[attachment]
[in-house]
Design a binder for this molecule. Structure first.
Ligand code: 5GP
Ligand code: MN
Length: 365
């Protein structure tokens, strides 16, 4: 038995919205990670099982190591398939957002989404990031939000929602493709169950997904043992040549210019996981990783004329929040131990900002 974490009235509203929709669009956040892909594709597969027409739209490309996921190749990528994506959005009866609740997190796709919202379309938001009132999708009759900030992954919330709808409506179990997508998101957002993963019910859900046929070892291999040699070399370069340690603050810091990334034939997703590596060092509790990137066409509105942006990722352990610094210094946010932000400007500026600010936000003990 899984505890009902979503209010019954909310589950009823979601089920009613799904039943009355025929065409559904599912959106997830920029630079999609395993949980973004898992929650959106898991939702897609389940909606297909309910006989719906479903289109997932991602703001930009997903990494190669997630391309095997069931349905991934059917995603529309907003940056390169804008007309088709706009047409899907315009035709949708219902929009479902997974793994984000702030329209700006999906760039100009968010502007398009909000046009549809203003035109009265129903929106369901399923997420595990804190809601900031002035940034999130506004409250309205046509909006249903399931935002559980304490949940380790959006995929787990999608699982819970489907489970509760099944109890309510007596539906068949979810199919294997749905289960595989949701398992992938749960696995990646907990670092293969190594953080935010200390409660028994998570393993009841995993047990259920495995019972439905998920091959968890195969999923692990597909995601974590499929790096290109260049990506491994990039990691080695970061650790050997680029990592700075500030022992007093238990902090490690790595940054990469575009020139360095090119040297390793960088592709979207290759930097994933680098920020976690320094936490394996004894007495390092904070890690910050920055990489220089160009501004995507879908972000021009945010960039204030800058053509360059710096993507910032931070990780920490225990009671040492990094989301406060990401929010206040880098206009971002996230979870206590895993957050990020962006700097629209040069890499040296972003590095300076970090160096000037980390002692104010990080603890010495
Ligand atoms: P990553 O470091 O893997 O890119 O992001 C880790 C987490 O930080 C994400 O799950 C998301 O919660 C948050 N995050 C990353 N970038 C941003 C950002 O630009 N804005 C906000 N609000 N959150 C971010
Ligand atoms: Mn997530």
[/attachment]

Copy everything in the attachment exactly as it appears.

[in-house]
Design a binder for this molecule. Structure first.
Ligand code: 5GP
Ligand code: MN
Length: 365
């Protein structure tokens, strides 16, 4: 038995919205990670099982190591398939957002989404990031939000929602493709169950997904043992040549210019996981990783004329929040131990900002 974490009235509203929709669009956040892909594709597969027409739209490309996921190749990528994506959005009866609740997190796709919202379309938001009132999708009759900030992954919330709808409506179990997508998101957002993963019910859900046929070892291999040699070399370069340690603050810091990334034939997703590596060092509790990137066409509105942006990722352990610094210094946010932000400007500026600010936000003990 899984505890009902979503209010019954909310589950009823979601089920009613799904039943009355025929065409559904599912959106997830920029630079999609395993949980973004898992929650959106898991939702897609389940909606297909309910006989719906479903289109997932991602703001930009997903990494190669997630391309095997069931349905991934059917995603529309907003940056390169804008007309088709706009047409899907315009035709949708219902929009479902997974793994984000702030329209700006999906760039100009968010502007398009909000046009549809203003035109009265129903929106369901399923997420595990804190809601900031002035940034999130506004409250309205046509909006249903399931935002559980304490949940380790959006995929787990999608699982819970489907489970509760099944109890309510007596539906068949979810199919294997749905289960595989949701398992992938749960696995990646907990670092293969190594953080935010200390409660028994998570393993009841995993047990259920495995019972439905998920091959968890195969999923692990597909995601974590499929790096290109260049990506491994990039990691080695970061650790050997680029990592700075500030022992007093238990902090490690790595940054990469575009020139360095090119040297390793960088592709979207290759930097994933680098920020976690320094936490394996004894007495390092904070890690910050920055990489220089160009501004995507879908972000021009945010960039204030800058053509360059710096993507910032931070990780920490225990009671040492990094989301406060990401929010206040880098206009971002996230979870206590895993957050990020962006700097629209040069890499040296972003590095300076970090160096000037980390002692104010990080603890010495
Ligand atoms: P990553 O470091 O893997 O890119 O992001 C880790 C987490 O930080 C994400 O799950 C998301 O919660 C948050 N995050 C990353 N970038 C941003 C950002 O630009 N804005 C906000 N609000 N959150 C971010
Ligand atoms: Mn997530």